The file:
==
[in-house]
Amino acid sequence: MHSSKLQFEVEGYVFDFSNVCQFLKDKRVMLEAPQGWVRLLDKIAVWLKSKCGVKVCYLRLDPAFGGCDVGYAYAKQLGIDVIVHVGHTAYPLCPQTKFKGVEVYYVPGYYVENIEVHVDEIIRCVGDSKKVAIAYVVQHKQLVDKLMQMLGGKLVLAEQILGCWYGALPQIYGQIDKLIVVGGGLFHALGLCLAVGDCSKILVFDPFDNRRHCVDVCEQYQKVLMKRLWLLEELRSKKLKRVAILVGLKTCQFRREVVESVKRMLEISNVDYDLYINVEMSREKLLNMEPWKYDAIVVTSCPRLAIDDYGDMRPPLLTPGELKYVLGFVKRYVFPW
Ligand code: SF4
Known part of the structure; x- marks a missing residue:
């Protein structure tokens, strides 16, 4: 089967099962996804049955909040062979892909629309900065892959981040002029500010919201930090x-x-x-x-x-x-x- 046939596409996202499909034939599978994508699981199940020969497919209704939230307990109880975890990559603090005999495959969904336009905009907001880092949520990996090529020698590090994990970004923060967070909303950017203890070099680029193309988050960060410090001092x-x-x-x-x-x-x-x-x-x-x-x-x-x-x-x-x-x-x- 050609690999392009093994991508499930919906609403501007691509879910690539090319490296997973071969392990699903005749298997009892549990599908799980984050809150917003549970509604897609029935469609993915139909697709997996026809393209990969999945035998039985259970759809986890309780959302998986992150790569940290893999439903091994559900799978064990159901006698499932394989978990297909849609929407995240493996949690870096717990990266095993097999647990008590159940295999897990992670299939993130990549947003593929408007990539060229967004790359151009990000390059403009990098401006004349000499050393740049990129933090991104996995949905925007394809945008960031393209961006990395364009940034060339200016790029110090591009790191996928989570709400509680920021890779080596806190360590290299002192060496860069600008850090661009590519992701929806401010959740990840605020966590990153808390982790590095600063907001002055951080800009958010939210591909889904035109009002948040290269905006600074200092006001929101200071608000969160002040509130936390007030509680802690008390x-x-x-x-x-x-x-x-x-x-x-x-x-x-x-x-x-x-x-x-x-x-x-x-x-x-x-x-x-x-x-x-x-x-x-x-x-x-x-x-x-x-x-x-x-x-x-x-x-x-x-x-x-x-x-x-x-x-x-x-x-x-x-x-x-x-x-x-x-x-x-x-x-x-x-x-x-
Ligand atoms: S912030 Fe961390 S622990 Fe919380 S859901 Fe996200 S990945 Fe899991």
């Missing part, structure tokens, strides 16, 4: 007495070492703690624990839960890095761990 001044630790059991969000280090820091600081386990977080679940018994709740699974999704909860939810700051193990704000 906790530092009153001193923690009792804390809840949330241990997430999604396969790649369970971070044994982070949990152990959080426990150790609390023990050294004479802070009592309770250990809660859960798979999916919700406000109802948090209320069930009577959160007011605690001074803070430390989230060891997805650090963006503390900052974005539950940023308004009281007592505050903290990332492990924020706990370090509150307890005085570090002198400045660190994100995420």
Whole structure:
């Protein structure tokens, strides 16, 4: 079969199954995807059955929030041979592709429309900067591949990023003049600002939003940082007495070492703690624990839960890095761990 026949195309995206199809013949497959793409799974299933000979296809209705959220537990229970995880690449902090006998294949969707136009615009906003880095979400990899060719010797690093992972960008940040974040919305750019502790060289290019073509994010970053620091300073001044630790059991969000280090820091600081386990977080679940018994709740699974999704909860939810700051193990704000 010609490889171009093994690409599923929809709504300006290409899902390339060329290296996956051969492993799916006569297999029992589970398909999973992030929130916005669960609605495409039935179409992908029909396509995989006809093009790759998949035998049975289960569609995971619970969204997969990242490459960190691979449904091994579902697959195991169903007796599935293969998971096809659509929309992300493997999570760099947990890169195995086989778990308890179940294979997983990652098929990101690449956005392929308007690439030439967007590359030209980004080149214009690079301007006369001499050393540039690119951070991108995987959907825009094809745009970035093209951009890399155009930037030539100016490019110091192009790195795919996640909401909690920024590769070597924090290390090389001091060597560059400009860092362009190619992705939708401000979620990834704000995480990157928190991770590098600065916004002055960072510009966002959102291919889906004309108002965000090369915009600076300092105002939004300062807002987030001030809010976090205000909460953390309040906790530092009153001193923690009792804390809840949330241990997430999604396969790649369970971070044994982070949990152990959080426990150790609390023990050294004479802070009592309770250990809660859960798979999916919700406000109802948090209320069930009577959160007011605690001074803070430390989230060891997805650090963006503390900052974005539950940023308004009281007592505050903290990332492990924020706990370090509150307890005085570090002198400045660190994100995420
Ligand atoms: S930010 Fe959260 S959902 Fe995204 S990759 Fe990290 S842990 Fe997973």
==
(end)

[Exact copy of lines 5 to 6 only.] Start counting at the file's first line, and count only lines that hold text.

């Protein structure tokens, strides 16, 4: 089967099962996804049955909040062979892909629309900065892959981040002029500010919201930090x-x-x-x-x-x-x- 046939596409996202499909034939599978994508699981199940020969497919209704939230307990109880975890990559603090005999495959969904336009905009907001880092949520990996090529020698590090994990970004923060967070909303950017203890070099680029193309988050960060410090001092x-x-x-x-x-x-x-x-x-x-x-x-x-x-x-x-x-x-x- 050609690999392009093994991508499930919906609403501007691509879910690539090319490296997973071969392990699903005749298997009892549990599908799980984050809150917003549970509604897609029935469609993915139909697709997996026809393209990969999945035998039985259970759809986890309780959302998986992150790569940290893999439903091994559900799978064990159901006698499932394989978990297909849609929407995240493996949690870096717990990266095993097999647990008590159940295999897990992670299939993130990549947003593929408007990539060229967004790359151009990000390059403009990098401006004349000499050393740049990129933090991104996995949905925007394809945008960031393209961006990395364009940034060339200016790029110090591009790191996928989570709400509680920021890779080596806190360590290299002192060496860069600008850090661009590519992701929806401010959740990840605020966590990153808390982790590095600063907001002055951080800009958010939210591909889904035109009002948040290269905006600074200092006001929101200071608000969160002040509130936390007030509680802690008390x-x-x-x-x-x-x-x-x-x-x-x-x-x-x-x-x-x-x-x-x-x-x-x-x-x-x-x-x-x-x-x-x-x-x-x-x-x-x-x-x-x-x-x-x-x-x-x-x-x-x-x-x-x-x-x-x-x-x-x-x-x-x-x-x-x-x-x-x-x-x-x-x-x-x-x-x-
Ligand atoms: S912030 Fe961390 S622990 Fe919380 S859901 Fe996200 S990945 Fe899991």